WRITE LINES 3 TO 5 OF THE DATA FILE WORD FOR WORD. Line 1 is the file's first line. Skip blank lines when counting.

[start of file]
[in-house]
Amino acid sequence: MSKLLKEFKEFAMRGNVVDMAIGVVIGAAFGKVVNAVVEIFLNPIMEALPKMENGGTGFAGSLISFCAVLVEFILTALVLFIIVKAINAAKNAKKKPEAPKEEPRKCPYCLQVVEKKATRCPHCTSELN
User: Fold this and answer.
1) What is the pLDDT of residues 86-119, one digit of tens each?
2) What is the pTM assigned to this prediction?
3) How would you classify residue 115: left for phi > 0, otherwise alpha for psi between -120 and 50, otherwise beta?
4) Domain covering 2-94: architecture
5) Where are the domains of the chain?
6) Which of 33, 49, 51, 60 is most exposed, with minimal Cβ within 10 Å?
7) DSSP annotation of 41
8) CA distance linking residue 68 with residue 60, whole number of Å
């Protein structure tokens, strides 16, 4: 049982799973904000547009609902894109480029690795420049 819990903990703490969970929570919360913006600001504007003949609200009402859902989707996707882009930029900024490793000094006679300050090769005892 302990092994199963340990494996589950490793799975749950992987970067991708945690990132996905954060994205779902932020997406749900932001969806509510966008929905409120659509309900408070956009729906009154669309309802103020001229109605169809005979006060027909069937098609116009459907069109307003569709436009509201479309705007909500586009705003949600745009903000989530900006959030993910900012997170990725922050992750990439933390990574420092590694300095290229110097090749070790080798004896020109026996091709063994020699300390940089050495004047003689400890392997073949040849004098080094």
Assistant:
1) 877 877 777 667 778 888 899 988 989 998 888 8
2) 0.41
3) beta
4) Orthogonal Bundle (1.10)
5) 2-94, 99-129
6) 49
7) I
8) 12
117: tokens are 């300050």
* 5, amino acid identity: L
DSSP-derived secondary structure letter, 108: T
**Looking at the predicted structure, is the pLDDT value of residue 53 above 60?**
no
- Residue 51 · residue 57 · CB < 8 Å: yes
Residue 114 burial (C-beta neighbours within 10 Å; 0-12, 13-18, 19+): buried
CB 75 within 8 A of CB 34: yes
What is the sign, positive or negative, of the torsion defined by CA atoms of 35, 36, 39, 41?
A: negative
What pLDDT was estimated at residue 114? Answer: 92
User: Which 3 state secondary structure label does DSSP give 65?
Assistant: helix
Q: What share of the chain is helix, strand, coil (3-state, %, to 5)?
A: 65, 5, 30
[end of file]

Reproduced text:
User: Fold this and answer.
1) What is the pLDDT of residues 86-119, one digit of tens each?
2) What is the pTM assigned to this prediction?